Transcend your anger at yourself with love and view yourself with empathy.
Posted April 15, 2017
Self-forgiveness is a morally complex issue. There are examples of human cruelty (such as dictators who find pleasure in torturing innocent victims) for which it would be ethically impossible to promote a path of self-forgiveness. Generally, self-forgiveness should be directed toward good, decent people who have the ability to feel empathy. When they hurt others, they feel guilt and shame.
Valerie is a single mom raising two children, Samantha and Lauren. Valerie’s 65-year-old mother also lives with them. Valerie has been having trouble with her new supervisor who “nit-picks” about everything she does. Today, Valerie had an especially difficult time at work. She wanted to leave a little early to see Samantha play in a basketball game, but she had to stay at work to re-type some documents. When she left, she got caught up in traffic; she not only missed Samantha’s game, but Samantha was waiting outside the gym for her. On the drive home, Samantha didn’t say a word until they reached the driveway when Samantha stormed out of the car and said that Valerie doesn’t try hard enough to care about her.
When Valerie entered the house, she saw Lauren roughhousing with their dog who knocked over a vase and broke it. Valerie was upset and instead of saying anything, she decided to go upstairs and change her clothes. Once she came downstairs, Valerie’s mother told her that she forgot to mail the check for the property taxes and that Valerie now owes a penalty for late payment.
At that point, Valerie couldn’t take it anymore. She blew up and said some very harsh and critical words to her mother and children causing them to cry. Soon afterward, she felt terrible and apologized to all of them explaining that she had a hard day. Although they accepted her apology, Valerie still didn’t feel okay about what she said and its impact on her family. She continued to feel bad about that day for a long time, thinking that she must be an awful person to hurt the people she loves.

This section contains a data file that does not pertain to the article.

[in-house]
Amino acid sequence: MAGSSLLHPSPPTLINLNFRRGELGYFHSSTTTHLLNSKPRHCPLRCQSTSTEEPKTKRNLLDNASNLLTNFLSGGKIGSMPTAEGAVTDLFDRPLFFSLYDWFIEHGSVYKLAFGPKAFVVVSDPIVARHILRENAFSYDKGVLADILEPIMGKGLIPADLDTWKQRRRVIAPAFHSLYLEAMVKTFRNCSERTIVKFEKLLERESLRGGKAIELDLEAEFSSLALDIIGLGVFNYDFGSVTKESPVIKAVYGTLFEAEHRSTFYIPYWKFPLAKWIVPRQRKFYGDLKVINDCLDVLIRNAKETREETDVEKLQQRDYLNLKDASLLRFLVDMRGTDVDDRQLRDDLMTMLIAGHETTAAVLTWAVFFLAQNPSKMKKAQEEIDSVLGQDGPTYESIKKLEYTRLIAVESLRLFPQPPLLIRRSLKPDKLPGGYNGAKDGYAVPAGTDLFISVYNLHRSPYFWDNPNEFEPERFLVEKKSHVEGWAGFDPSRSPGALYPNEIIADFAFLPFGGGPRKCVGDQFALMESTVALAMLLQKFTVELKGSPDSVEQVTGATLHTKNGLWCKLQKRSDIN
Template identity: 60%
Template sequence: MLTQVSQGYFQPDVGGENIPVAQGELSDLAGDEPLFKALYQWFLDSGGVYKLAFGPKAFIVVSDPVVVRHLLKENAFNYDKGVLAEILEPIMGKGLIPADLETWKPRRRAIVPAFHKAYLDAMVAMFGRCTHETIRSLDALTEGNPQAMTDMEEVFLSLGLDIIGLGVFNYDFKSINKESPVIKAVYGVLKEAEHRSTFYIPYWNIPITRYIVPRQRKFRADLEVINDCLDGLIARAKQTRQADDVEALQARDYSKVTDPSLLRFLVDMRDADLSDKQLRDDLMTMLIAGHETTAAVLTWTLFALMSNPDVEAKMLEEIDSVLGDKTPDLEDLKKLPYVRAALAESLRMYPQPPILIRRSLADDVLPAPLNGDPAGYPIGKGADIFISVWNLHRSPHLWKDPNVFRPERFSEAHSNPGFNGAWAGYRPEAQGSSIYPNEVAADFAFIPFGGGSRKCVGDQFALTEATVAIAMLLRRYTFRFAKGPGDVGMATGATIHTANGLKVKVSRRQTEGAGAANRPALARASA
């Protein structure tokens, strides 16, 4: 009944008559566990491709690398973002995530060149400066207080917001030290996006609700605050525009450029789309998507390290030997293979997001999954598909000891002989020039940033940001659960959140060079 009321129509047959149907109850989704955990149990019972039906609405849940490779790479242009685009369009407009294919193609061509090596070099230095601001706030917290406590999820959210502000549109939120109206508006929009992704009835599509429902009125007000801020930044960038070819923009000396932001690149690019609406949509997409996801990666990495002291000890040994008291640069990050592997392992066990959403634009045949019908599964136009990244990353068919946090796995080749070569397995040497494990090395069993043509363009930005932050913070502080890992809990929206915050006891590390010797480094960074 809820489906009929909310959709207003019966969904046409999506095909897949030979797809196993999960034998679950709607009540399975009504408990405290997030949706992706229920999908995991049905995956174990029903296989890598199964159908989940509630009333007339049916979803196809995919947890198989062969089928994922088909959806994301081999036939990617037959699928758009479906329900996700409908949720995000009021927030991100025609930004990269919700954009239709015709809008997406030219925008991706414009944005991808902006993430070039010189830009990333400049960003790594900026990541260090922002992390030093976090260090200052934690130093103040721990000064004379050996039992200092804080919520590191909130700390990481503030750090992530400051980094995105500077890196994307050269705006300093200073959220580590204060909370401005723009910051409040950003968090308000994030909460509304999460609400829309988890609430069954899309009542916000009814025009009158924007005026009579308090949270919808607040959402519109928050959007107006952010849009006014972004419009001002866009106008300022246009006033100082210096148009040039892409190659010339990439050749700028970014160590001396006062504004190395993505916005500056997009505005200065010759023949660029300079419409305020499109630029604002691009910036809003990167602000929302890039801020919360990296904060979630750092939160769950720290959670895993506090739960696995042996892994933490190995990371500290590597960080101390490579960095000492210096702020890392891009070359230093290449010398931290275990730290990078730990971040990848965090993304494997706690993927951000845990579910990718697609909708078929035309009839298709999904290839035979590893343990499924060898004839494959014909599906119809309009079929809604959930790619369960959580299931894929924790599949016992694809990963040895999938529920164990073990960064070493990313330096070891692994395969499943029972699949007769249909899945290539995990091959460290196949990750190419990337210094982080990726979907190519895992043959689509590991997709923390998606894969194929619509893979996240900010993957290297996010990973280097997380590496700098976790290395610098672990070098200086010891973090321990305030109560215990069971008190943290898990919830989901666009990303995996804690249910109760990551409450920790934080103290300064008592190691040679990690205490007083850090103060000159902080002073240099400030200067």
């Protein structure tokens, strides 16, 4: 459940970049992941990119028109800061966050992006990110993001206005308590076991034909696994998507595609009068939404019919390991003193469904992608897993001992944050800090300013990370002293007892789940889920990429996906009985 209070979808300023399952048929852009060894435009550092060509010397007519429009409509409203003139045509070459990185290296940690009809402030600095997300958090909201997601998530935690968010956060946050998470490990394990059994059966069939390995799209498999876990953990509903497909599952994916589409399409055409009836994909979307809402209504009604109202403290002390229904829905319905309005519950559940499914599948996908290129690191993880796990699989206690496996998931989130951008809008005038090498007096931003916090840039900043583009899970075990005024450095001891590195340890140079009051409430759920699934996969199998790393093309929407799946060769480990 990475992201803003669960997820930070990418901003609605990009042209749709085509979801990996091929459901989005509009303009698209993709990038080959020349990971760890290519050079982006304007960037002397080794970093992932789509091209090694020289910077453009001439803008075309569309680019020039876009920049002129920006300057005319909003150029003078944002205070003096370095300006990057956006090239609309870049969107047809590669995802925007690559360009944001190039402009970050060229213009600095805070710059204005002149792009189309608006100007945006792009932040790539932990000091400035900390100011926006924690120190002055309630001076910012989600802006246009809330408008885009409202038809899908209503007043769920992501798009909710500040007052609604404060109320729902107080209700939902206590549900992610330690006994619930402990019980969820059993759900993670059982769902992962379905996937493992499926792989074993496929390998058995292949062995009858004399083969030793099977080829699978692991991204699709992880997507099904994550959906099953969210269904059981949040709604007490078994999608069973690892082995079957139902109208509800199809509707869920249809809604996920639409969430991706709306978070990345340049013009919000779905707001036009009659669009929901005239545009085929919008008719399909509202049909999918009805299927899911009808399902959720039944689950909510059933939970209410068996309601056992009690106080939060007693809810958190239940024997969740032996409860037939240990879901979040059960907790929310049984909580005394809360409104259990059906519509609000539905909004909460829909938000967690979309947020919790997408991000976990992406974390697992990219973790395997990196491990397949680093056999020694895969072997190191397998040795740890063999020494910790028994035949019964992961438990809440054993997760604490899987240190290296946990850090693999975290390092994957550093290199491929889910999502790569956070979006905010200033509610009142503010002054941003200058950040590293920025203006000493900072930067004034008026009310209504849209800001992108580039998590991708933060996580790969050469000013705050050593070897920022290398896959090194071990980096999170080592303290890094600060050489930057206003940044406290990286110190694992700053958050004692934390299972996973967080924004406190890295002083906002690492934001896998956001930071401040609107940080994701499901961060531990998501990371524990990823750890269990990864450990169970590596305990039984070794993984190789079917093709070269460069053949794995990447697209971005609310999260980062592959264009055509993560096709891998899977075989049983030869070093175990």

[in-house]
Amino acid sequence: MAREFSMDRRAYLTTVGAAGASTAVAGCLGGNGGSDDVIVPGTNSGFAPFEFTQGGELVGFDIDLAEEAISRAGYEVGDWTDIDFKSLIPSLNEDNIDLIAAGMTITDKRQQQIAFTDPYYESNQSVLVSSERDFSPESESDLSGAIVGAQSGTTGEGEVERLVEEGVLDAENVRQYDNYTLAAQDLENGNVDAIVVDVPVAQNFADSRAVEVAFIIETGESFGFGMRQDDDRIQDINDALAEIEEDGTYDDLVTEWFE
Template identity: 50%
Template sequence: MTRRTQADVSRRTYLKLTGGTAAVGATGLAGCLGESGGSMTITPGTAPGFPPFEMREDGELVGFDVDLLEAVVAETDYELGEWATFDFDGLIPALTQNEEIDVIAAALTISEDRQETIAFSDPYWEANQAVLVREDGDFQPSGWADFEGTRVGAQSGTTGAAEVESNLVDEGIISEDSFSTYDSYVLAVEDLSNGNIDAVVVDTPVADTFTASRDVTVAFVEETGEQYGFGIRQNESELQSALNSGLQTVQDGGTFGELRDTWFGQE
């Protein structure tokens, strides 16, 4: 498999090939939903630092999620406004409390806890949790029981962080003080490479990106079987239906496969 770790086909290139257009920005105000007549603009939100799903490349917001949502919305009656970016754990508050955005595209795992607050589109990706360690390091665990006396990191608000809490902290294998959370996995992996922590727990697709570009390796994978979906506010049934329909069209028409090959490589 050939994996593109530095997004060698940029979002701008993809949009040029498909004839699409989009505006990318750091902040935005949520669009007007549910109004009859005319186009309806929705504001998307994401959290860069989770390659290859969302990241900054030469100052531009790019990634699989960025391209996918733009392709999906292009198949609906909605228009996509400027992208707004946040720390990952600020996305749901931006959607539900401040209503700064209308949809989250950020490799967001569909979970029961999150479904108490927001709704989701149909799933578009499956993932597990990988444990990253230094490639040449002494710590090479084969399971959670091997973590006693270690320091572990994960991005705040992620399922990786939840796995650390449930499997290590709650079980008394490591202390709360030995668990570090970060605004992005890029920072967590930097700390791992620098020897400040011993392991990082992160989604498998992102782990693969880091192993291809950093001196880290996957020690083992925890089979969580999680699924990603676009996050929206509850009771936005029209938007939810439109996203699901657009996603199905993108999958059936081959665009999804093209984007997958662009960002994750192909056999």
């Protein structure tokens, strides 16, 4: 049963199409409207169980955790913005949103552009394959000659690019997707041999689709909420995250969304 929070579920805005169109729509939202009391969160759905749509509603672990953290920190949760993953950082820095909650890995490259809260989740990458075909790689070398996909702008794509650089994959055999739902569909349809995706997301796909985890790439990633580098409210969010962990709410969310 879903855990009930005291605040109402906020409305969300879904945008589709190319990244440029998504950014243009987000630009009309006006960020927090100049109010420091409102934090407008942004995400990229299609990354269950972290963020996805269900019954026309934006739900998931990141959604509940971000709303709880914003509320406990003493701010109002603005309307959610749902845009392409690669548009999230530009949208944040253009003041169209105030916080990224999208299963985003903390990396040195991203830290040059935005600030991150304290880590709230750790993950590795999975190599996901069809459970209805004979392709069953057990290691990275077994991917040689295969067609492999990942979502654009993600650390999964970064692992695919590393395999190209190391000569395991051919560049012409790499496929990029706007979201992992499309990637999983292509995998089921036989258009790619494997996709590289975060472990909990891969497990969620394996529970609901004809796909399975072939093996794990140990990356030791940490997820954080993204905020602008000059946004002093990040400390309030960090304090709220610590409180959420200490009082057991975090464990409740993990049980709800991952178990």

Chronically engaging in self-recriminations (i.e., beating yourself up over and over for what you said or what you did) is being unforgiving toward yourself. Not forgiving others is harmful, but so is not forgiving oneself. When you don’t forgive others it becomes a breeding ground for resentment and anger. When you don’t forgive yourself, it deepens shame and guilt, and becomes a breeding ground for pathological self-blame.
All of us make mistakes. Some transgressions are common where you have feelings of regret; such as, attending to your career and missing many of you child’s sporting events, or not spending time with an elderly parent when you could have and now they are gone, or looking the other way when a co-worker was being bullied at work. Other transgressions may be less common; such as committing acts of physical harm to others or to yourself.
Unforgiveness leads to festering of negative emotions and suppressing one’s psychological and spiritual growth. Sometimes, the transgression is directed at the person out of anger, as in Valerie’s case. In these instances, the journey of self-forgiveness involves having to forgive the other person.
But when it comes to self-forgiveness, it is not enough to say you forgive yourself. Genuine self-forgiveness is a process. It often involves making amends in whatever way possible (through acts that undo harm, or through practicing kindness to others, or through engaging in forgiveness when others transgress against you). It involves a move away from obsessive rumination and self-incrimination about the situation that promoted the transgression. It means cultivating empathy for oneself.
Genuine self-forgiveness is different from shallow self-forgiveness. In the forgiveness literature, shallow forgiveness of another is characterized by a “knee-jerk” forgiveness (that may reflect fear of the aggressor, or low self-esteem, or something that is prompted by an external stimulus [one’s family or social etiquette]). Similarly, shallow self-forgiveness may share these characteristics. It may not be genuine if there are still feelings of anger at the one who transgressed. It would also be false to forgive yourself without taking responsibility for your part in the transgression. It is more than just saying you forgive yourself. It requires moral introspection and self-examination. Lying to yourself or trying to justify your actions will only lead to rationalization and false self-forgiveness.
Forgiving oneself does not mean that the pain of the actions will go away forever. It may (and frequently does) come back. Nor, does it mean that you will reset to where you were before you committed the transgression. But through self-forgiveness there is psychological and, perhaps even more profoundly, spiritual growth. In the forgiveness literature, the process of forgiving is often characterized as that of the re-establishment of relationships: with others, with self, and with that which is sacred or divine, or a part of meaning in a larger context. Interestingly, the emotion that forgiveness involves is love. Self-forgiveness means transcending your anger at yourself with love, with viewing yourself with empathy.
Hall, J. H. & Fincham, F. D. (2005). Self-forgiveness: the step-child of forgiveness research. Journal of Social and Clinical Psychology, 24, 621-637.
McCullough, M. E.,Worthington, E. L., & Rachal, K. C.(1997). Interpersonal forgiving in close relationships. Journal of Personality and Social Psychology, 73, 321–336.